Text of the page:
RSVP screens the volunteers and matches their interests with the agency’s need. “Many volunteers don’t know what type of work they want to do,” said Goulet. “While many stay in their area of expertise, such as teachers or accountants, others want to try something new.” They certainly have their pick of duties. There are 79 volunteer sites that RSVP serves in Onondaga County. If a city school or the Red Cross doesn’t interest one, a volunteer could choose to work at a library, the Everson Museum of Art, Burnet Park Zoo, Habitat for Humanity, or Ronald McDonald House. The agencies in need of volunteers varies widely. Right now Catholic Charities is recruiting individuals to work at the Salvation Army to answer phones, screen individuals seeking emergency assistance and pack food baskets for clients. They are also looking for volunteers to do clerical, data entry and reception work at Consumer Credit Counseling. William Gutowski retired from the State of New York Worker’s Compensation Board in March 2001 where he worked as a claims supervisor for the state insurance fund. He started his volunteer work through RSVP in February 2003 and finds the work very gratifying. Gutowski delivers meals to shut-ins through the Meals on Wheels Program. “For a while after I retired, I got caught up in part time work. But instead of part time work, I felt I would better be able to give back to my community through volunteer work. That’s when I called Catholic Charities,” said Gutowski.
Gutowski knows that he is performing a vital service to the community and he finds it very satisfying. He also feels the work he has chosen fits his desire to be out and about meeting new people. “There is an element of fun in what I do,” said Gutowski. “The people I serve are very grateful. The smiling faces of those I serve makes me feel good.”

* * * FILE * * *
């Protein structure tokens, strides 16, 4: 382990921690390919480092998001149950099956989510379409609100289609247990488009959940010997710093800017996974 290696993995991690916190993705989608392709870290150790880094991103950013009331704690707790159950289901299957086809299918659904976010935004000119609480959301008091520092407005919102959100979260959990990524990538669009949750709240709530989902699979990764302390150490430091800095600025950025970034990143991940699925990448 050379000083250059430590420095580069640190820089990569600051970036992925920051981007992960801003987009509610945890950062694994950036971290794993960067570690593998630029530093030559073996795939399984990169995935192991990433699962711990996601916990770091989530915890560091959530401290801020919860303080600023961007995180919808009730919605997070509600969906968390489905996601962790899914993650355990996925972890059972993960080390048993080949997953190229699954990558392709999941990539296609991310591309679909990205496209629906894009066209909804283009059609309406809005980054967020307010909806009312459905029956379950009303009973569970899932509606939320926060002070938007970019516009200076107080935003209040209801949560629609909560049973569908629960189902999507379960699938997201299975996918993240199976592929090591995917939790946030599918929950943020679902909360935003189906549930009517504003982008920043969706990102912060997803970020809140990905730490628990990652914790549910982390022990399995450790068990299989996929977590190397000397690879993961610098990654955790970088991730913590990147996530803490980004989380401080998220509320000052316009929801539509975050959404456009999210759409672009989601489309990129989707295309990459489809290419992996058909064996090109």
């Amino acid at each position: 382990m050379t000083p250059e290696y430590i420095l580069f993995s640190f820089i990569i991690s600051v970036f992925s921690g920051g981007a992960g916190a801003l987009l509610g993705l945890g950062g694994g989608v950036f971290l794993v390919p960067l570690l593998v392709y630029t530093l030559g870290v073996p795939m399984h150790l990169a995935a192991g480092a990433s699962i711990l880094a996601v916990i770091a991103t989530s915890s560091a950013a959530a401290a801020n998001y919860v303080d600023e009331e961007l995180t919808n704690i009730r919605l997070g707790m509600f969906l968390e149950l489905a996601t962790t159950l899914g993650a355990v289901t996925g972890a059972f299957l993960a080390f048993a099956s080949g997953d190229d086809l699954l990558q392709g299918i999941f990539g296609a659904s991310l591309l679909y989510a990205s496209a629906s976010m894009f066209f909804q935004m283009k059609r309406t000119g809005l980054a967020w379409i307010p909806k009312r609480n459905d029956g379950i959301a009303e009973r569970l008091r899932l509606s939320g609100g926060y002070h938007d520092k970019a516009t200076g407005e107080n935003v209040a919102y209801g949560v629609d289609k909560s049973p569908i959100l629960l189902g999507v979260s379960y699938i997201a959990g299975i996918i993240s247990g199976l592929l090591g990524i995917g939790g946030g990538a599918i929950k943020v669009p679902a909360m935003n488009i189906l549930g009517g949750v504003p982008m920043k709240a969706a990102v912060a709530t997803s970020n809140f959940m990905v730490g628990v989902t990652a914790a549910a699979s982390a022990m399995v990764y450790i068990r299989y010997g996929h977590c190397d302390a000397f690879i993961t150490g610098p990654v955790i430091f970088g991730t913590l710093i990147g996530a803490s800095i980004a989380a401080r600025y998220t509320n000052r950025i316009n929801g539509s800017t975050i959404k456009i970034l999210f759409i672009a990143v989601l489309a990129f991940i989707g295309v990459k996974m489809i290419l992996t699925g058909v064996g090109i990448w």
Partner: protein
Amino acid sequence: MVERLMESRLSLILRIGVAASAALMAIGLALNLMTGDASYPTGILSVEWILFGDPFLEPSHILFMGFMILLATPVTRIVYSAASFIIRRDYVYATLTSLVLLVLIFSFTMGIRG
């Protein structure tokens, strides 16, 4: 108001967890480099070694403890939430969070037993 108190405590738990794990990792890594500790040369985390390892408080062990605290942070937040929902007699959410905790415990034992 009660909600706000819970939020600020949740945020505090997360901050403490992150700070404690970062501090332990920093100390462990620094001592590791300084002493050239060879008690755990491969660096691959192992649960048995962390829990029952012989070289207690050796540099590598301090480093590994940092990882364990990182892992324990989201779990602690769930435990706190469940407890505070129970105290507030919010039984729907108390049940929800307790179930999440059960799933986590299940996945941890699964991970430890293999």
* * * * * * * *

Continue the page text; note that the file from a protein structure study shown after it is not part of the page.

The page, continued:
Leslie Goldberg has been a volunteer through RSVP for one year. Goldberg has a master’s degree in reading and worked as a reading teacher at Gillette Road Middle School for several years. After retiring from the school, she went on to a career in sales and then helped run her husband’s legal firm. Goldberg volunteers at Van Duyn School in the City of Syracuse teaching children to read. “I wanted to do volunteer work and this was a natural fit for me,” she said. Goldberg volunteers between six and eight hours per week and would like to increase it to 12 hours per week. “I enjoy doing it. I love teaching on a one-on-one basis because it‘s much easier to interact with the child and you gain a better understanding of them. I can see their improvement right away and know that I’m making an impact.”
Goldberg urges all retired persons or senior citizens to volunteer their time and talent. “The schools are hurting,” she said. “You don’t need to be certified to go in and help out. Don’t be intimidated. Look into doing something like this. There is such a critical need in the schools.” Goldberg knows that there are many senior citizens sitting home bored. She was one of them. “It’s a wonderful way to get up in the morning and motivate yourself,” she said. “It gives you energy.”
The RSVP newsletter stated that studies show that volunteers are more optimistic and have a happier outlook on life, have a heightened sense of well being, an increase in energy and a feeling of being healthy. Volunteers have also experienced decreased feelings of loneliness, depression and helplessness, a sense of connectedness with others, an improvement in insomnia, and a stronger immune system. But most importantly, they are making a positive impact in the lives of others. “I have the opportunity to change a child’s life,” said Goldberg. For more information about RSVP, contact Anne Goulet at (315) 424-1810 or visit the web site at www.seniorcorps.org.